Both systems had the same objective, but implementation - namely to generate extremely short inflating times in a closed vehicle using highly compressed air - was an insurmountable obstacle. They were unfortunately unsuccessful. A few other inventors tried the idea but failed due to insufficient functional reliability. In the end pyrotechnics were required to achieve the extremely short inflating time required for the airbag.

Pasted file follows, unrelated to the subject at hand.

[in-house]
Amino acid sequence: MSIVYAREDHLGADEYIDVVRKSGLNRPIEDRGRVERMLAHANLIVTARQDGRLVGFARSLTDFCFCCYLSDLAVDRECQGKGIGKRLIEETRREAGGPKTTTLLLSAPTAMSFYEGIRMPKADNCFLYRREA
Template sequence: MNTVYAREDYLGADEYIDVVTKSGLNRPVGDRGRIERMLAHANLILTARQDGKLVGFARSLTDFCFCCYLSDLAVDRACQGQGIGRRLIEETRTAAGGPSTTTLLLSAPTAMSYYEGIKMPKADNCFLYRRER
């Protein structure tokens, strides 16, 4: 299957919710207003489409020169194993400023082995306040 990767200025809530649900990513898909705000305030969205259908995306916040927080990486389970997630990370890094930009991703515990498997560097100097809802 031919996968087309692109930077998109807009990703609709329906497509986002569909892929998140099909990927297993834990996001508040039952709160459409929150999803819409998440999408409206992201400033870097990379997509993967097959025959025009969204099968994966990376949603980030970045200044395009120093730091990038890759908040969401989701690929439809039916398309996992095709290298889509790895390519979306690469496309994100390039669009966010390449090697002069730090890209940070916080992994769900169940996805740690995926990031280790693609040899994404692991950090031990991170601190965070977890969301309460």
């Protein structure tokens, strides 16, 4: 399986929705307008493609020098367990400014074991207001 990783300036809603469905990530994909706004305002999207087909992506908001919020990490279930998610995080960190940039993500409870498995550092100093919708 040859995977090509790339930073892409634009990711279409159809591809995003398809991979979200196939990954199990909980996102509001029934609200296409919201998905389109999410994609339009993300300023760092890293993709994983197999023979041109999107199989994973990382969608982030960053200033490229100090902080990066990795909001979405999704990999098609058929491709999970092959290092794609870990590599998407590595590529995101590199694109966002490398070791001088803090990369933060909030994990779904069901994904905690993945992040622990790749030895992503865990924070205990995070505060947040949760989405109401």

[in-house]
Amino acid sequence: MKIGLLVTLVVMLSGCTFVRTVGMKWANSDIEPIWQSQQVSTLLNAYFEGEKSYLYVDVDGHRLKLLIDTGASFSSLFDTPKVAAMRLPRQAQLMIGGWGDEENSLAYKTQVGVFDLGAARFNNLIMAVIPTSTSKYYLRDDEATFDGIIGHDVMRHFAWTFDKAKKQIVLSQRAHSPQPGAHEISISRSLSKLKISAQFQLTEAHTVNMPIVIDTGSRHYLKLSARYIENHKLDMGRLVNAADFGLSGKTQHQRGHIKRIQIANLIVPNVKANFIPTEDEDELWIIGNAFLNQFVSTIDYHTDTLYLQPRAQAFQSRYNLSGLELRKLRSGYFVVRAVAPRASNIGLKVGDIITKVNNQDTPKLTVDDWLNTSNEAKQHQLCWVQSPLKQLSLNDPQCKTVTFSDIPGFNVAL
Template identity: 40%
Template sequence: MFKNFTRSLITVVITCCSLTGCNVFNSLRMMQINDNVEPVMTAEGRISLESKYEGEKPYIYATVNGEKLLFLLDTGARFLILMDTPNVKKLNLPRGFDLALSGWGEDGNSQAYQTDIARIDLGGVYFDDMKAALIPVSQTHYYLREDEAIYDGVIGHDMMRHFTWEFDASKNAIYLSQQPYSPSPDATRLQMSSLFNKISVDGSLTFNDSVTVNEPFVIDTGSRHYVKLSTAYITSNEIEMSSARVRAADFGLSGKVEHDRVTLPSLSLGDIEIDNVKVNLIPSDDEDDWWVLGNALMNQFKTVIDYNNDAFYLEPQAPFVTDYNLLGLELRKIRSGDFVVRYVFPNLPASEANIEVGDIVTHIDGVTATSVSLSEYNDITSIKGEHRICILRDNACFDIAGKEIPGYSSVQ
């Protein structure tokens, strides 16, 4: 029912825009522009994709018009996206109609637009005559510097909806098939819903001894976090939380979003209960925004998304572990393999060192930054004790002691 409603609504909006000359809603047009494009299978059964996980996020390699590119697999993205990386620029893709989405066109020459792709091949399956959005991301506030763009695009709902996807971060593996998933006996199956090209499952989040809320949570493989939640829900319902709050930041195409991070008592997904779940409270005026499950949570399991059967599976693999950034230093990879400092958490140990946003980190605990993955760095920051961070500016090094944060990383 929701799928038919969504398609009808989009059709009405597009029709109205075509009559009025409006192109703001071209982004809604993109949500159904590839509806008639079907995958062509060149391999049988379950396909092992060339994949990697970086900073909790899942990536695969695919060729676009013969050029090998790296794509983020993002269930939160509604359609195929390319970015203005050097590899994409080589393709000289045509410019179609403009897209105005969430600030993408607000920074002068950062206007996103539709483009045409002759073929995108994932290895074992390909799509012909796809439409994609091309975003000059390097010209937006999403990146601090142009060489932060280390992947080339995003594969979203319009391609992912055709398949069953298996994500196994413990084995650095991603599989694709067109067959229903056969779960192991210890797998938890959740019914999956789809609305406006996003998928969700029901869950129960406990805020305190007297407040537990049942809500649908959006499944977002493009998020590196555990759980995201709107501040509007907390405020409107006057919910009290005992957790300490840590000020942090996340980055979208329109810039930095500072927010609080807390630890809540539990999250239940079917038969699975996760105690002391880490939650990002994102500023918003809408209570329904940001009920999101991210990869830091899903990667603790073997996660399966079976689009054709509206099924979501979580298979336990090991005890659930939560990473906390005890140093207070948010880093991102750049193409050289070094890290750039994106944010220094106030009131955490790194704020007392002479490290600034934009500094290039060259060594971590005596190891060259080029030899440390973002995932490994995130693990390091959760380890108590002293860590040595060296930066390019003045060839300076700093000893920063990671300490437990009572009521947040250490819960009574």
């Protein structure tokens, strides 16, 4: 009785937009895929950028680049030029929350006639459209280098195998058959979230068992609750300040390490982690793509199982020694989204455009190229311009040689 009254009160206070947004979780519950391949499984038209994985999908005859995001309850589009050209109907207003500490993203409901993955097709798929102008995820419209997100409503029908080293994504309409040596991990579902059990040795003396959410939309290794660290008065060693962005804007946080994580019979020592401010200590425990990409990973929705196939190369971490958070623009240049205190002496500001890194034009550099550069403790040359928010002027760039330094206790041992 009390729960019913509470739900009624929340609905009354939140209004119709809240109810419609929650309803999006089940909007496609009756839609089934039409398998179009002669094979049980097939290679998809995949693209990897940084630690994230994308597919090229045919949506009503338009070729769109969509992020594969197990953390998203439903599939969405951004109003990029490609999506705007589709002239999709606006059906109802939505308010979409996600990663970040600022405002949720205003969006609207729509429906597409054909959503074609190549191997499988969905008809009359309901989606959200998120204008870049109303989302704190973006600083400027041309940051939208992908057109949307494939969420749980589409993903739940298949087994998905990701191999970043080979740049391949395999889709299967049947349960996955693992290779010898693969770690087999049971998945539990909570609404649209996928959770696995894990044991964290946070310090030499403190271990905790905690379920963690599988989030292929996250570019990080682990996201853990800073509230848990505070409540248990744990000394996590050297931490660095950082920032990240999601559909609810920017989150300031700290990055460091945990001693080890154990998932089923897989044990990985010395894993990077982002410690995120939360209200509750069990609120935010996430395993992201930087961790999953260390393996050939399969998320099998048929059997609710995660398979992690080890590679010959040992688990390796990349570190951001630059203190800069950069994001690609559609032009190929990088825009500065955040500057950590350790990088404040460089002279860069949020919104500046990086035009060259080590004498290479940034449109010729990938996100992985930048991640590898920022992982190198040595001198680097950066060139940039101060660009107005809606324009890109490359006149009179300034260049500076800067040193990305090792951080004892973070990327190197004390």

The actual development of the current pyrotechnic gas generators, which allow for a response time of less than 30 milliseconds, was developed 20 years later in southern Germany. Meanwhile, the export of German passenger cars to the USA had become an important economic factor. The German automotive industry also endeavored to find a solution because of the prescribed law, which made inflatable occupant safety systems mandatory for new cars in the USA as of January 1, 1973. From a military project at Bayern Chemie (its Aschau am Inn plant belongs to ZF Group since 2015), the task was to "transmit small scatter bombs from the aircraft by means of a propellant charge in such a way that the sound pressure generated during the emission does not cause any damage to the aircraft," and a gas generator was the principle way to achieve this. The solid fuel initially consisted of sodium azide, potassium nitrate and sand and was pressed in tablet form. It exclusively produces the non-toxic gas nitrogen and potassium oxide as solids when ignited.